Tembleque’s Main SquareTembleque (Toledo)GPS: 39.698299407958984, -3.5030200481414795
One of the most picturesque and recognizable plazas, an emblem of the popular Baroque of the 17th century. Designed to complete a double function, the purely urban as the town’s center of life, and that of the bull ring. One of its three gates was, additionally, a bullpen alley.
In 1624 they celebrated the bullfighting festivals that Philip IV and Quevedo attended, the moment that many historians consider that the Main Square was inaugurated such as we see it nowadays.
It is clear that the intention was to create a homogenous plaza that would allow people to attend the bull spectacles comfortably, in such a way that in place of the usual independent balconies, they joined two levels of passageways in front of the facades of the buildings.
The lower level is a corridor of porticoes, in the style of the ancient ecclesiastical cloisters. It is supported by Tuscan order columns, the shaft is smooth granite, upon which simple wooden footings are mounted. In the entries, the columns are complimented with quadrangular sectioned pillars. This first body is covered by beamed vaults or inlaid bricks.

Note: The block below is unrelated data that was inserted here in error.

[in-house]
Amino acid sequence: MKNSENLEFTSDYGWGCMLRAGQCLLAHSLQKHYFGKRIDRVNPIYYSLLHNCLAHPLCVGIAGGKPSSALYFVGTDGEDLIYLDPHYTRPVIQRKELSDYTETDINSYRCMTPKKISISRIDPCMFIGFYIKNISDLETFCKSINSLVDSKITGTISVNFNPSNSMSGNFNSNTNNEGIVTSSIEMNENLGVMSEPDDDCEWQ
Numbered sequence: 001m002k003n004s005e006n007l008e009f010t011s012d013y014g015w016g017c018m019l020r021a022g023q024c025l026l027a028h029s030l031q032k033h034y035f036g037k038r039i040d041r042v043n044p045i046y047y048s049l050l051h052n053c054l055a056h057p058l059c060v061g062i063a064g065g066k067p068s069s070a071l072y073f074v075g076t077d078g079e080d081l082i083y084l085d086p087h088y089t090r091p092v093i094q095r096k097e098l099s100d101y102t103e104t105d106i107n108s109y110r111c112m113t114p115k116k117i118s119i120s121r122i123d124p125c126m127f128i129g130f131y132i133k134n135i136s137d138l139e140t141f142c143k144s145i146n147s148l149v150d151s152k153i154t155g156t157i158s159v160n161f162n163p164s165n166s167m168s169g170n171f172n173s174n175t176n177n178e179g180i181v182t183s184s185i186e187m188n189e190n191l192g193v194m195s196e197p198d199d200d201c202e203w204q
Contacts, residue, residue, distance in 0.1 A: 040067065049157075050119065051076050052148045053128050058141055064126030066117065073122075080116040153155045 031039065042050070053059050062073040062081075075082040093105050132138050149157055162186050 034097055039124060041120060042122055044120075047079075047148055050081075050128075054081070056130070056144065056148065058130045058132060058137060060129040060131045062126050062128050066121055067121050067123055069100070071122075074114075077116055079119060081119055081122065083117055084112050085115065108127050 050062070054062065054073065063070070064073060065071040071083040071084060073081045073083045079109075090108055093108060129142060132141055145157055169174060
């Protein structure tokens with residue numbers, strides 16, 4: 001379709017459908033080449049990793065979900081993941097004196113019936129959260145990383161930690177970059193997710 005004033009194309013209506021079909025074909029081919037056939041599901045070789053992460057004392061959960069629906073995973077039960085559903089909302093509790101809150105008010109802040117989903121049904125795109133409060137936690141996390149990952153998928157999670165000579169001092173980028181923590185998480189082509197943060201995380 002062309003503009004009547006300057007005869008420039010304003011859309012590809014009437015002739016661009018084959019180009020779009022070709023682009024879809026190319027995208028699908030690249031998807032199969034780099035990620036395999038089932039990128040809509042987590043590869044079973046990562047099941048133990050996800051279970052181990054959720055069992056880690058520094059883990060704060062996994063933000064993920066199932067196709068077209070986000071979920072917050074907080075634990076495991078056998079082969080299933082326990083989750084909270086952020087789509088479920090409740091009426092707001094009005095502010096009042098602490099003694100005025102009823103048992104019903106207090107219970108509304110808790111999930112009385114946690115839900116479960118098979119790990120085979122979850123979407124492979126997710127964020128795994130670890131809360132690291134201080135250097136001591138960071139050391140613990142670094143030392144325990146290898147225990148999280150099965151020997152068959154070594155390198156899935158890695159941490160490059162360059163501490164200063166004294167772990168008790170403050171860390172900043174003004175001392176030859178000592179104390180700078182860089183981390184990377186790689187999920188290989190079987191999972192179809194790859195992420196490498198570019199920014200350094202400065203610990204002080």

The upper hallways make it possible to go all around the perimeter of the plaza thanks to bridges over the streets, avoiding in this way the complex and expensive set up of rows, as so happened in the plazas that were not closed. These two upper levels are supported by wooden pillars, whitewashed facades and the ledges decorated with the cross of Saint John. The turret also stands out, which for celebrations was used as the box suite for the authorities.
The main entry to the plaza is covered by an overhang with a gabled roof. The majority of the original pillars and columns were replaced at the end of the 20th century with new ones.
On one of the sides is the City Hall, built in 1654.
It was declared a Monument in 1973. The last bullfighting event took place in 1987.